I bought my first two liters of water and crammed them in my tank bag. I found a water hose in the shop area of the station and soaked myself from head to toe and filled my helmet with water. I quickly mounted my CBR1000 and rolled out into traffic just in time to stop at a light, before I could enter the freeway. By the time the light turned green, I was completely dry and already very hot. They tell me that the standard concrete road surface will reach temperatures nearing 200 degrees in the sun, and that heat will radiate up dozens of feet above the surface. But to my dismay the surface of I-10 was NOT a light colored concrete, but a lovely shade of black asphalt. I had no way to measure the temperature of the air above the road surface, but I can clearly remember the stunning difference when I rolled onto the black surface, and how much hotter it was than the concrete. I cranked on the throttle to about 90 mph, but I could only make it only about 10 miles before I had to stop and drink water and refill my helmet. And so it went all the way across the Mojave Desert. Fred and I stopped every 10 miles or so to re hydrate, and over the course of the afternoon, I spent $80 to $100 on water. I am just happy there were adequate places to get water, but there was no escape from the heat, with the record temperatures all of the places we stopped were running very limited air conditioning, if at all, and there was no cool place.
As the afternoon wore on, I found that for short stints, I could ride in the shadow of 18 wheelers and get a moment of relief from the sun, but the turbulent air was like a blast furnace, and I wondered about my chances of survival. Even more, I worried about Fred; after all, I was the younger man, and a marathon runner, and I seriously thought I might be going to die here. But to my amazement, Freddie seemed to be doing better than me.With my head tucked down and the speedo reading 100MPH, I was passed by a California State policeman that paid me no attention at all. I realized that there was no way he was going to stop in this heat. He was obviously ALSO in a hurry to get somewhere, anywhere, else. As we neared Arizona I saw the single light and the mirage-like shape of a motorcycle heading west into the desert. As he passed, I was astounded to see that the intrepid cyclist was outfitted in black leather and a black helmet. Maybe it was the heat, or maybe it WAS a mirage…or worse, some kind of motorcycling demon on his way back to Hell… otherwise, I am pretty sure he died shortly after we saw him, as there was no chance of surviving the heat in that black leather jacket. I gave him 4 minutes….maybe. ("Somebody back-east is saying 'why don't he write?' ")
Alas, Fred and I prevailed in the oppressive heat and made it into the hills of Arizona and cooler weather. And 2-1/2 days later we made it back to Louisiana, thoroughly exhausted. I rested for one day before continuing on alone back to North Carolina. With the day of rest, I found that I actually looked forward to climbing back on the bike for the ride alone.
My trip had started near the Atlantic coast, and I twisted my way through the hills of NC and Tennessee, I traversed the Great River road form Memphis to St. Louis. Crossed the Missouri river 4 or five times before rolling into the wheat fields of Kansas, and the corn fields and prairies of Nebraska. We carved the canyons and mountain roads of Colorado and rode in the falling sleet and snow as we crested the Continental Divide. The Canyon lands of Utah were ablaze with color as well as record high temperatures, and Las Vegas sparkled and shimmered like a ( stolen, i.e. "HOT") jewel in the desert. The California Freeways, like arteries pumping cars in all directions took us to the fog shrouded, cool Pacific coast.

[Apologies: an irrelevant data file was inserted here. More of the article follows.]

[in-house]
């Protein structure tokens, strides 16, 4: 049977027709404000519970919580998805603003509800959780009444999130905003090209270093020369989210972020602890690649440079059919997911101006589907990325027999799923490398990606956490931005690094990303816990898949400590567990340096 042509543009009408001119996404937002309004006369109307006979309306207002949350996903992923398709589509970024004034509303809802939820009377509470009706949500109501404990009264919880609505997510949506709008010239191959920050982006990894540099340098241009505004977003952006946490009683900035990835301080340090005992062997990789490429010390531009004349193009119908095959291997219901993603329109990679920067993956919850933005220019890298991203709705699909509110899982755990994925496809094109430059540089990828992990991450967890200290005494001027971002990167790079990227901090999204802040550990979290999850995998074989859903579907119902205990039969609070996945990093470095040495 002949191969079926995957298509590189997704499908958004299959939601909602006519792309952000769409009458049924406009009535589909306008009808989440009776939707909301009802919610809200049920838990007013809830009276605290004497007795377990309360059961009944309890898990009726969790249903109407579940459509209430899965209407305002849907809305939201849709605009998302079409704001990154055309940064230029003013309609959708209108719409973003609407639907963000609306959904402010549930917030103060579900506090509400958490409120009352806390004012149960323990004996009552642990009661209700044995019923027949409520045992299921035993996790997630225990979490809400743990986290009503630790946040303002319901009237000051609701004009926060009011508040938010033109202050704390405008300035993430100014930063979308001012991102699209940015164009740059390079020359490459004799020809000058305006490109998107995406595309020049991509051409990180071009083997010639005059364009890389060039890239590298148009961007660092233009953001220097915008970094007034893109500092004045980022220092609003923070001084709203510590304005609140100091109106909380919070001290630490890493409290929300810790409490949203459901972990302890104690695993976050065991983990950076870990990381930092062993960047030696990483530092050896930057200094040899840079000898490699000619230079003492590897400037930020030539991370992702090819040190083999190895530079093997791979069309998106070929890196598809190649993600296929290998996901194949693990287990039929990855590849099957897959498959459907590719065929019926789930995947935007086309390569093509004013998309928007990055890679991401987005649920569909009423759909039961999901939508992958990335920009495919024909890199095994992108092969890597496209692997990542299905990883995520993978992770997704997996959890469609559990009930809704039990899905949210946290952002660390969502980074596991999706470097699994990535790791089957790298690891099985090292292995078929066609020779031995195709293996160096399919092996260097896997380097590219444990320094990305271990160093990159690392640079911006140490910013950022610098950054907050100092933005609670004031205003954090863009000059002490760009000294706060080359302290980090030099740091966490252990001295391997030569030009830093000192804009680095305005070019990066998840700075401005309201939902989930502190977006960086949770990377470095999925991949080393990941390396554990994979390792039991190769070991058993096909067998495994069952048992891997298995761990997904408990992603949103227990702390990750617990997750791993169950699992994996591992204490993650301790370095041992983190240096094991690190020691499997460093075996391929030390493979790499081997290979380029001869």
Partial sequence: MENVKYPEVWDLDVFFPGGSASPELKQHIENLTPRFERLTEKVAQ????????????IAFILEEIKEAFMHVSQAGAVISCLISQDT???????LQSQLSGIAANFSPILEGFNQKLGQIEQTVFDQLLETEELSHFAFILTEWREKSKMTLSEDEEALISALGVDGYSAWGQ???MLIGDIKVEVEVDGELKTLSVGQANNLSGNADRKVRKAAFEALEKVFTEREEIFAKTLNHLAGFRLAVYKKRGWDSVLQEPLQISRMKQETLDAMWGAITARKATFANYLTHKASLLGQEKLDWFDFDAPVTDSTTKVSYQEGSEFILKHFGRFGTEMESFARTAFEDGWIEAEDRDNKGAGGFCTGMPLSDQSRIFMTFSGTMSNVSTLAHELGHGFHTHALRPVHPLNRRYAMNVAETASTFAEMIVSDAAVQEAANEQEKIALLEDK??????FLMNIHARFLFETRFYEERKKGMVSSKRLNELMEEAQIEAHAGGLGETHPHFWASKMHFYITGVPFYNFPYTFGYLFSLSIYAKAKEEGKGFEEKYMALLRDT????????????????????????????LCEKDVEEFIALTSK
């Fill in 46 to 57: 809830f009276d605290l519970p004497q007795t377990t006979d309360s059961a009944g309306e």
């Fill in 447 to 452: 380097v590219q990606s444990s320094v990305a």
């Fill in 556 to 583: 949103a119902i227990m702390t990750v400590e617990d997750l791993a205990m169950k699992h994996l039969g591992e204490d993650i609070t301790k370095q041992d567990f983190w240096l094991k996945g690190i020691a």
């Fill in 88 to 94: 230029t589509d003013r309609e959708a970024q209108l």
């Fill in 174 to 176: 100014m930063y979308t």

Here, we left Tony with his admonition about the desert and turned to make the trek back east.
For the whole trip I rode just over 7000 miles in 15 days, and saw a pretty diverse slice of America, but it is that day in the desert that is burned ( forgive me) into my memory.
OK, so maybe I shouldn't have planned a trip that would take me through the desert in July, but it was the only time of year that I could get away for two weeks, and if the ride took us to Tony's home in Oceanside CA., it was the only way home.
The trip was quite an adventure, and it was one that I never would have taken in a car. I would only have made this trip on a motorcycle. It is the reality of a life changing trip like this one that makes me wonder. But it is the priceless memories and pride in my survival that endures forever, and answers the question….
Why I ride.
We began this tradition two years ago: START THE YEAR OFF RIGHT, with a breakfast meeting and ride if weather permits. This is a chance to discuss plans for the upcoming year. The HSTA offers more events to attend than is humanly possible so it is necessary to pick and choose. Some members have their favorite events to return to every year, others like to try somehing new. If you are planning to rack up some miles come to IHOP and share and discuss riding plans for 2007!
If you have any changes for your personal information in the Blue Book, please send them in before January 15th. Send the changes to:
19054 E. Cody Ave.
Parker, CO 19054
4040 E. 82nd Street Suite C9
Indianapolis, Indiana 46250-4209
That is it for 2006! Thanks to each of you who have participated in club activities. And special thanks to those who have helped out and offered moral support. MERRY CHRISTMAS and a Prosperous and Healthy NEW YEAR to all of you. KEEP IN TOUCH!
email@example.com (225)281-0799 (Cell).
and Ride Safe,